This question shifts focus from sickness to treatment, a treatment which may be routine, proscribed without much thought: what are its costs and benefits?

    Of course, it is easy for me (and probably Dr. Groopan) to sit safely behind our computers urging you to be brave, urging you, recalling the 60’s, to “Question Authority!”

    It is always a good idea to take someone with you, not only to ask to the difficult questions, but to actually hear what the doctor says – often patients are so emotionally involved that they really don’t hear what’s said. If you can’t get someone to go with you, when it comes to the difficult questions, blame me:

    “Doc, I know you are absolutely correct in your diagnosis but a column I’ve read tells me I should feel guilty if I don’t ask you . . .”

    Many of us feel we are imposing on our doctor’s time. Our job is to quickly state our compliant (“Sore throat, doc”) and then sit back and answer questions – and, of course, to breathe deeply and, perhaps, cough. In most office visits, doctors start asking questions in the first 18 seconds of the visit. The best advice Dr. Groopan received in his medical training:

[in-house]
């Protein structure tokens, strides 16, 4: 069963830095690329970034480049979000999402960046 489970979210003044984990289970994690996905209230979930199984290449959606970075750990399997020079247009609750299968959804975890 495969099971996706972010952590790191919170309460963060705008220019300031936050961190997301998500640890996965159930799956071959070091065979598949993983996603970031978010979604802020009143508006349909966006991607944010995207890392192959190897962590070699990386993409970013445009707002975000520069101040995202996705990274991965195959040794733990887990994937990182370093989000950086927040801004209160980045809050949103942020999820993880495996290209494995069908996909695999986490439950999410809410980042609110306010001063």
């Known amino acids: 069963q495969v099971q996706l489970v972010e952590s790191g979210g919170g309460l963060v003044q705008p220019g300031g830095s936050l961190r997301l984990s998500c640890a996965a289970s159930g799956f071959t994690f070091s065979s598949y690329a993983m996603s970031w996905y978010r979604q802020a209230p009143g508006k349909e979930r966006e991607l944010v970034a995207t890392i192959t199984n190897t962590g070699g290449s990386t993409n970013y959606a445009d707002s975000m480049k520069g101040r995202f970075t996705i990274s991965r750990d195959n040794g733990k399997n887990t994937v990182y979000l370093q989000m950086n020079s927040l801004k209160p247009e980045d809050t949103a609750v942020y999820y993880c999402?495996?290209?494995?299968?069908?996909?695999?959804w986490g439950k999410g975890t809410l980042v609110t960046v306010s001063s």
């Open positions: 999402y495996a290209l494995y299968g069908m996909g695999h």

“If you listen to your patient, he is telling you the diagnosis.”

    The best advice you might receive:

    “You are not wasting your doctors’ time; you are telling them the diagnosis.”

    What we have to say matters. Don’t just state your complaint and sit back and let your doctor do the driving. Insist on disclosing all your symptoms even if they seem trivial. Even if they are embarrassing. (I could give examples but fear the wrath of my editor.) Remember this: doctors have heard it all before and they come to cure you, not judge you.